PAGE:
Pittsburgh, PA, and its airport are staking their claim as a global cluster for additive manufacturing (AM), reports Forbes.com. “This spring,” the article reads, ‘Neighborhood 91,’ designed as a campus for firms and factories, will begin construction on land owned by Pittsburgh International Airport. Ground already has been cleared. Eventually, the industrial community–sharing ideas and resources, including power supplied by natural gas sourced onsite–will break ground in 3D printing.”
AlphaSTAR’s additive manufacturing simulation software, GENOA 3DP, couples advanced physics-based simulation technology with Integrated Computation Materials Engineering, providing users the power to virtually print their parts before dedicating time and material resulting in a drastic reduction in the trial & error associated with failed prints. See them at Booth #53 at AMUG 2020.
Reserve your spot at the Additive Manufacturing Users Group (AMUG) 2020 Education & Training Conference, March 22–26 in Chicago, IL. The conference, set for its 32nd year, targets owners and operators of industrial AM technologies used for professional purposes, and attracts users all along the experience spectrum.
+ TCT is the must-attend event for anyone implementing or exploring
additive manufacturing. See the latest innovations, network with
industry experts, and gain insight into the countless possibilities of
additive manufacturing. Join us April 20-23, 2020 in Anaheim, CA.
Those tasked with supplying completed metal parts via AM know the complexity, time and costs surrounding that word ‘completed.’ Post-processing demands much from the part provider. Advancements in design software, materials and printing capabilities, along with knowledge gained by industry professionals in designing for AM allow for part creation that removes some post-processing challenges. And, fine-resolution printing, in increasingly thin layers with higher-quality powders, is an option for relieving post-processing work, but doing so adds time up front. On the other hand, excessive finishing needs add time and headaches on the back end. To sum up: It’s a balancing act. Read on for more on post-processing, along with some recently introduced technologies for meeting the challenges.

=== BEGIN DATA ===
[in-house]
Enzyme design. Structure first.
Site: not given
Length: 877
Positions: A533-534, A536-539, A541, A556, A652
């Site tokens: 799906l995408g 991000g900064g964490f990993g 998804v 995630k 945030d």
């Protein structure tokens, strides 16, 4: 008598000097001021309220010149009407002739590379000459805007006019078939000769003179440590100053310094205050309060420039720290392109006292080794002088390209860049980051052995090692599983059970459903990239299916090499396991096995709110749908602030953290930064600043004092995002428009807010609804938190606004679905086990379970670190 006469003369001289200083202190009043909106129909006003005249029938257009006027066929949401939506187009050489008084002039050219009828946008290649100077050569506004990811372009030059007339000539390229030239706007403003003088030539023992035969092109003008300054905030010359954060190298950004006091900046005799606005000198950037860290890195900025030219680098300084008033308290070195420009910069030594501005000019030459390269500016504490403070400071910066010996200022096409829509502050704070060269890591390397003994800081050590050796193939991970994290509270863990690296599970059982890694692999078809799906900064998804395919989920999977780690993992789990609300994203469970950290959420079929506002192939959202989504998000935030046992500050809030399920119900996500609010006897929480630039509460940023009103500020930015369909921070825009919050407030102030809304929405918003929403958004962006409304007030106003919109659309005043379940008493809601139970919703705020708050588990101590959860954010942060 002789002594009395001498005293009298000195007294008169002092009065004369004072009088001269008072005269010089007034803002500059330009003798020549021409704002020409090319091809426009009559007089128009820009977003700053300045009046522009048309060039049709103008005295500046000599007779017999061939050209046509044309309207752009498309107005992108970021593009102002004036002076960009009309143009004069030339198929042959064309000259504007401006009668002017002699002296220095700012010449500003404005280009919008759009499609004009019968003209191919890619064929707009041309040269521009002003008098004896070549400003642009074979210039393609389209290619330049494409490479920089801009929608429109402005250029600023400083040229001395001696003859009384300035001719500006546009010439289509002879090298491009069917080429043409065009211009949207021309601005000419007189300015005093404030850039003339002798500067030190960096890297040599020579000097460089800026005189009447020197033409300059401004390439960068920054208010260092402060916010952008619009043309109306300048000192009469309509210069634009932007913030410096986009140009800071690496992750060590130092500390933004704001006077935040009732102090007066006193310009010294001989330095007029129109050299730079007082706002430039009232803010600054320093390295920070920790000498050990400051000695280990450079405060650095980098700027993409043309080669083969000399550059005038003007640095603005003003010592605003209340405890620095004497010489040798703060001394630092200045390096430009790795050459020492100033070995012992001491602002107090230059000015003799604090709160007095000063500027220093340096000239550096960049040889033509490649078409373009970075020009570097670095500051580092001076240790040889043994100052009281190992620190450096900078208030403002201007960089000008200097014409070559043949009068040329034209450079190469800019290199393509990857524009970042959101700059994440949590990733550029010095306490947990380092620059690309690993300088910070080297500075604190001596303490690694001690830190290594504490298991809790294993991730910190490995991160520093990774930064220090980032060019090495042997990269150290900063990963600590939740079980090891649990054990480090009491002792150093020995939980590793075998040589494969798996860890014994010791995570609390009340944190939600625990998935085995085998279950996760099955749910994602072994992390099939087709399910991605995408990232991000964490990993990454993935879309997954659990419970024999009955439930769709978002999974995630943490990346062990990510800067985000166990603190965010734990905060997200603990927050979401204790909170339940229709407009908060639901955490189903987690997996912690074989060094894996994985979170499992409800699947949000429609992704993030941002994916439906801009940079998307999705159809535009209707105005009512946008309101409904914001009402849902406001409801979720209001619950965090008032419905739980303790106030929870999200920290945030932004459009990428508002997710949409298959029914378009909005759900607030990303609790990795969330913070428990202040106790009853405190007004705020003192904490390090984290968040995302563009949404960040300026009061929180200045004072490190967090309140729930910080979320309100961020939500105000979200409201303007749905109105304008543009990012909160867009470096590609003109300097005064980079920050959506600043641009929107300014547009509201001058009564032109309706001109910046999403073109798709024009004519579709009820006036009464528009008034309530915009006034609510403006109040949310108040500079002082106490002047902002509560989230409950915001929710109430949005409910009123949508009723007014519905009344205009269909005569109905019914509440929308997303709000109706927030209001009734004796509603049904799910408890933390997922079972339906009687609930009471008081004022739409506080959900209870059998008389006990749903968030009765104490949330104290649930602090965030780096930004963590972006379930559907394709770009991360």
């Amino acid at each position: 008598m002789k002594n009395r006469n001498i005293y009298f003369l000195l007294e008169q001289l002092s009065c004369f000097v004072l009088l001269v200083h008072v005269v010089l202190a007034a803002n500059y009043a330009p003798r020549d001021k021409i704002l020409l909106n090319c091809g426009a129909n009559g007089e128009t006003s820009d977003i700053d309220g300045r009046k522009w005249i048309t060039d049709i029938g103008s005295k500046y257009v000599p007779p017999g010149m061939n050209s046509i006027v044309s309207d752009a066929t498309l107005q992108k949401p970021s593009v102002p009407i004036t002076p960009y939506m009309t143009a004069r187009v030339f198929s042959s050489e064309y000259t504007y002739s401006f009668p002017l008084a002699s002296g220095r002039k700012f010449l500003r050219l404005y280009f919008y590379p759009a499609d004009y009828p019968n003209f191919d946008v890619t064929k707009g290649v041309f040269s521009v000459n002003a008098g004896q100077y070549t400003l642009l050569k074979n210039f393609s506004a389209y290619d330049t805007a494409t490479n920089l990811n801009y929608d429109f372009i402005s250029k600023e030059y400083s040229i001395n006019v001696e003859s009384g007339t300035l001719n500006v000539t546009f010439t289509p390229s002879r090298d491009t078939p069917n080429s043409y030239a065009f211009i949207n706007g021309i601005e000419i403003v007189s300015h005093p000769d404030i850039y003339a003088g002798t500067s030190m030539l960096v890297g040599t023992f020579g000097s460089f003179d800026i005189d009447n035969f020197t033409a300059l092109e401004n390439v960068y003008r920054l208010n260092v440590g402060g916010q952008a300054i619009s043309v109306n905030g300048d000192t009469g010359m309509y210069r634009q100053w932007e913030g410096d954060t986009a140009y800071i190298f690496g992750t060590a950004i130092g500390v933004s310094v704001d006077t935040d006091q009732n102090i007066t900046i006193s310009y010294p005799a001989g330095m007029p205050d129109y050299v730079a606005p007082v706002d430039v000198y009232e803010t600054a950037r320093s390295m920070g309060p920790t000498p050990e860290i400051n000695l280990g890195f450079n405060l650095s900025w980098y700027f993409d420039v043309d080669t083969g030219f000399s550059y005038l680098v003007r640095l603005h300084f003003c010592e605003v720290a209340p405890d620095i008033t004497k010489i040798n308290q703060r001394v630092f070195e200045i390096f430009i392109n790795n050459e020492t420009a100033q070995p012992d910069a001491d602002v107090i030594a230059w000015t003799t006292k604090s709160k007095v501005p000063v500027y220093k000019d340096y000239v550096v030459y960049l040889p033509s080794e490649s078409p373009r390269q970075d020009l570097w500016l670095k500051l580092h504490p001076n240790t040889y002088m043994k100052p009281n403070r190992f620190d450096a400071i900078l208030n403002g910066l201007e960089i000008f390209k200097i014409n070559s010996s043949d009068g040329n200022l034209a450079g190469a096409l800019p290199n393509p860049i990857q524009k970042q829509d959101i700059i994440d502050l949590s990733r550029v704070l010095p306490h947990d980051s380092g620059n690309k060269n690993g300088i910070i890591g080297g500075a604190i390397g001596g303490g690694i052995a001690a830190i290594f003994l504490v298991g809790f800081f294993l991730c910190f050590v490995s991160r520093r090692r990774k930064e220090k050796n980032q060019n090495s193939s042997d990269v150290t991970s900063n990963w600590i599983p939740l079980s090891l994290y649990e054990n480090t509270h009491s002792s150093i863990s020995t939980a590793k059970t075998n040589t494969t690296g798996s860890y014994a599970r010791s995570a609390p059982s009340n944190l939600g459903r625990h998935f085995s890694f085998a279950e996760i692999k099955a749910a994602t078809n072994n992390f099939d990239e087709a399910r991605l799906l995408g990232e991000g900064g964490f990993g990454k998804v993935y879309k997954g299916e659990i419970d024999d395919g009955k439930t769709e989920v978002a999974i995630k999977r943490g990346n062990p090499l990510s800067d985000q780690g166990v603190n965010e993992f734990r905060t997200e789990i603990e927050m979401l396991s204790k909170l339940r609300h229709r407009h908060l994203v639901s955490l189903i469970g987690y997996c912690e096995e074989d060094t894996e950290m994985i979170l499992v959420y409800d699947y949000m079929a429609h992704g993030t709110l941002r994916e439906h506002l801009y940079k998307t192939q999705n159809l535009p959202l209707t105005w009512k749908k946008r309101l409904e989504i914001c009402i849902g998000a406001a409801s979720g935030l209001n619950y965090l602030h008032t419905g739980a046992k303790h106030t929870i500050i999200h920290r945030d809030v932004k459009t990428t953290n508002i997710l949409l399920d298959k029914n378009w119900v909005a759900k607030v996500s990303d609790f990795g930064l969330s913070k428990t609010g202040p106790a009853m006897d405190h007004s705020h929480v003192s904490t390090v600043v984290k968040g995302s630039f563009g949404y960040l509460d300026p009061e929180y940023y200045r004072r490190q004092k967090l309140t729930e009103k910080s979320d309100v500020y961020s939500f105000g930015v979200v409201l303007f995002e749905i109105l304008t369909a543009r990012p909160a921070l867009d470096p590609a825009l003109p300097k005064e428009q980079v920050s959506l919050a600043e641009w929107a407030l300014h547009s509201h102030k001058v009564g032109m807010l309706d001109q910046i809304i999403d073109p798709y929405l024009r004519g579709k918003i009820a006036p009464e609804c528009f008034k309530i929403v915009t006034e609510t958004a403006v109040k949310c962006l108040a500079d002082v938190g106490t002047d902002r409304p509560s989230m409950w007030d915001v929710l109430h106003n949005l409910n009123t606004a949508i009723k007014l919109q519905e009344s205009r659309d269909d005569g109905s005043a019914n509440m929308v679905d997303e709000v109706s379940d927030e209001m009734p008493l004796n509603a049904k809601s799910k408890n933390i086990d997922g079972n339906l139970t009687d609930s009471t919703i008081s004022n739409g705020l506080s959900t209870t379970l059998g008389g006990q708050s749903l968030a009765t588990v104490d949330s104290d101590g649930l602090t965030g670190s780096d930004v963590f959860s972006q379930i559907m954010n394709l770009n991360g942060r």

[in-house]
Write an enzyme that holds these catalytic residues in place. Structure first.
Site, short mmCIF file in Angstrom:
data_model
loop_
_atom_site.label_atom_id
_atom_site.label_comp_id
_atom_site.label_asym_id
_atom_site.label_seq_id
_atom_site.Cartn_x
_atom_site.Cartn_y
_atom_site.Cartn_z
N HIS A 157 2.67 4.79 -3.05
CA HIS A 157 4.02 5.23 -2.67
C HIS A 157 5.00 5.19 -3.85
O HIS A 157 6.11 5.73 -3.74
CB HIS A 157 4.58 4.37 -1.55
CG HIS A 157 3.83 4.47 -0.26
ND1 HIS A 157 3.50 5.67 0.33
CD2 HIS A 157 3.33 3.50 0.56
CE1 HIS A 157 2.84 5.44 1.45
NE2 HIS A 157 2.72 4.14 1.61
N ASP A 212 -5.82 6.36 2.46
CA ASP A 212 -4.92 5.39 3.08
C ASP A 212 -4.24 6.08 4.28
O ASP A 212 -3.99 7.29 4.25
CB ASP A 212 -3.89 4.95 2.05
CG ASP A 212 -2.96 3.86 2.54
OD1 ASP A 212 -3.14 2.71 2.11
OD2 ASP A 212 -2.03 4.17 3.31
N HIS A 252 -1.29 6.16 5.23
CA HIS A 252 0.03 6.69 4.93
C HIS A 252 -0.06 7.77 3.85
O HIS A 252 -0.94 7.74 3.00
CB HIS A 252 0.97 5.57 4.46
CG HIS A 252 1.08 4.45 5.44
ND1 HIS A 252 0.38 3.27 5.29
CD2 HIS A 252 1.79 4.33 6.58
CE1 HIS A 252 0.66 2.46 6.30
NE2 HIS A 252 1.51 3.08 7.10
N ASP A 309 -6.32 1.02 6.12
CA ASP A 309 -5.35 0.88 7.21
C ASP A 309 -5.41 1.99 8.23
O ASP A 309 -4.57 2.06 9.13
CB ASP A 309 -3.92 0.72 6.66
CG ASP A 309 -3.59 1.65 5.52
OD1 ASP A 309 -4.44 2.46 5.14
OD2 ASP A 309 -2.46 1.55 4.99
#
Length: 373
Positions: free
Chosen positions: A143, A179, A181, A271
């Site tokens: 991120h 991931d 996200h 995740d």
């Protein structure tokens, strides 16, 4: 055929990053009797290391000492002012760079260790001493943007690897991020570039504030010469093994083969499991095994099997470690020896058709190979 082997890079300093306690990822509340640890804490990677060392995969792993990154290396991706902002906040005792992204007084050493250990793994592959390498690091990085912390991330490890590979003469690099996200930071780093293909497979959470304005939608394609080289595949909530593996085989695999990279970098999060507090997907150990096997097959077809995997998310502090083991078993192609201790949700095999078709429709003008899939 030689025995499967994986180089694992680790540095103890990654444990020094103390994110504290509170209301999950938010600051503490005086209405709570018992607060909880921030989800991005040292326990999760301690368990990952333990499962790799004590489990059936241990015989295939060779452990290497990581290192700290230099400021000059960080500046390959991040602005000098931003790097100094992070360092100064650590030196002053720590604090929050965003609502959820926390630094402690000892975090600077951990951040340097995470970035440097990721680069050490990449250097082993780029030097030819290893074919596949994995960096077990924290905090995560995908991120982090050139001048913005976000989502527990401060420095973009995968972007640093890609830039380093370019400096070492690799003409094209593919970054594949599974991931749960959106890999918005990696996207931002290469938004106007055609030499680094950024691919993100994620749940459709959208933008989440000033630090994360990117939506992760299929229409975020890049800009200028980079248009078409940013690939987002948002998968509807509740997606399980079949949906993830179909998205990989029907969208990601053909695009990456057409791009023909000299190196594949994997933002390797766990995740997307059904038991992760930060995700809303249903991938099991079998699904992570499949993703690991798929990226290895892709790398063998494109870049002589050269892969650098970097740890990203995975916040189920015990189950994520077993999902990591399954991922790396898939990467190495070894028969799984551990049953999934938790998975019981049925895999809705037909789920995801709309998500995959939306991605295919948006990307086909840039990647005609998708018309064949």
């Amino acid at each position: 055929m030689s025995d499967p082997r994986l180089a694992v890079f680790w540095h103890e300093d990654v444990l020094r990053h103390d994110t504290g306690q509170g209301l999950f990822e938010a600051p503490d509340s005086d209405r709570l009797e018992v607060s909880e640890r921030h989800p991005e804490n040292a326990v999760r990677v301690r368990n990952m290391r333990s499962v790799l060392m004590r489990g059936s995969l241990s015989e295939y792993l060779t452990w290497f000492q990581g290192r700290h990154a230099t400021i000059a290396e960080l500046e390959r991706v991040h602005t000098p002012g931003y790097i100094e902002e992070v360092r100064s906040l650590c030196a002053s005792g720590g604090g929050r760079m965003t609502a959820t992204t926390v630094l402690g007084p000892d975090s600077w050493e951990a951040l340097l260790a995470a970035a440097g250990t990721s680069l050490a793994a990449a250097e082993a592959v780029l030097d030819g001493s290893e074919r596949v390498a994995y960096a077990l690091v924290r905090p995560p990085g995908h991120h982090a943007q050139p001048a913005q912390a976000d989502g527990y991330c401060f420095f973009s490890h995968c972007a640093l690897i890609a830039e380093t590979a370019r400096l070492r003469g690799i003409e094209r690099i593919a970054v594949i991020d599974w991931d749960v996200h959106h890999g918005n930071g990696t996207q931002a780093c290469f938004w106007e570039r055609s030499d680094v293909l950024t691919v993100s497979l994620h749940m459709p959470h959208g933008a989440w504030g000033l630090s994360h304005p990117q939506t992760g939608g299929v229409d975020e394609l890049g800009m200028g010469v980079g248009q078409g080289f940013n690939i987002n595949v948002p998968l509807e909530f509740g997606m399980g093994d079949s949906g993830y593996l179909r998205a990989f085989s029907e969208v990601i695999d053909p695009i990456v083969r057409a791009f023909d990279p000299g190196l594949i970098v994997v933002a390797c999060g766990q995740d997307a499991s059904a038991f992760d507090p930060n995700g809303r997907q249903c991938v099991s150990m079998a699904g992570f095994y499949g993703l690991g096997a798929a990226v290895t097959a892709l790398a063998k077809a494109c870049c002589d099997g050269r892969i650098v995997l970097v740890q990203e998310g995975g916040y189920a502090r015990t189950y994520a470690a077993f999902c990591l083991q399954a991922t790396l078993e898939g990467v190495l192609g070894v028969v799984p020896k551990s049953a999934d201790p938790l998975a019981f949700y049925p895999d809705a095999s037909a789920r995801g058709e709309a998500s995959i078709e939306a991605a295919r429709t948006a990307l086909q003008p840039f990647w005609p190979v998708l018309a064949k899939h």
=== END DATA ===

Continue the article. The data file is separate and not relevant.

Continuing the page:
Greg Paulsen heads application engineering at Xometry, an on-demand manufacturing provider. Paulson explores various manufacturing issues with podcast host Dean Phillips, and offers his views on the near-term future of manufacturing. His key takeaway on this topic: trust in manufacturing through transparency. Look for Destiny of Manufacturing podcasts, sponsored by the Precision Metalforming Association (PMA) and PMA’s Educational Foundation, to appear soon on www.metalformingmagazine.com.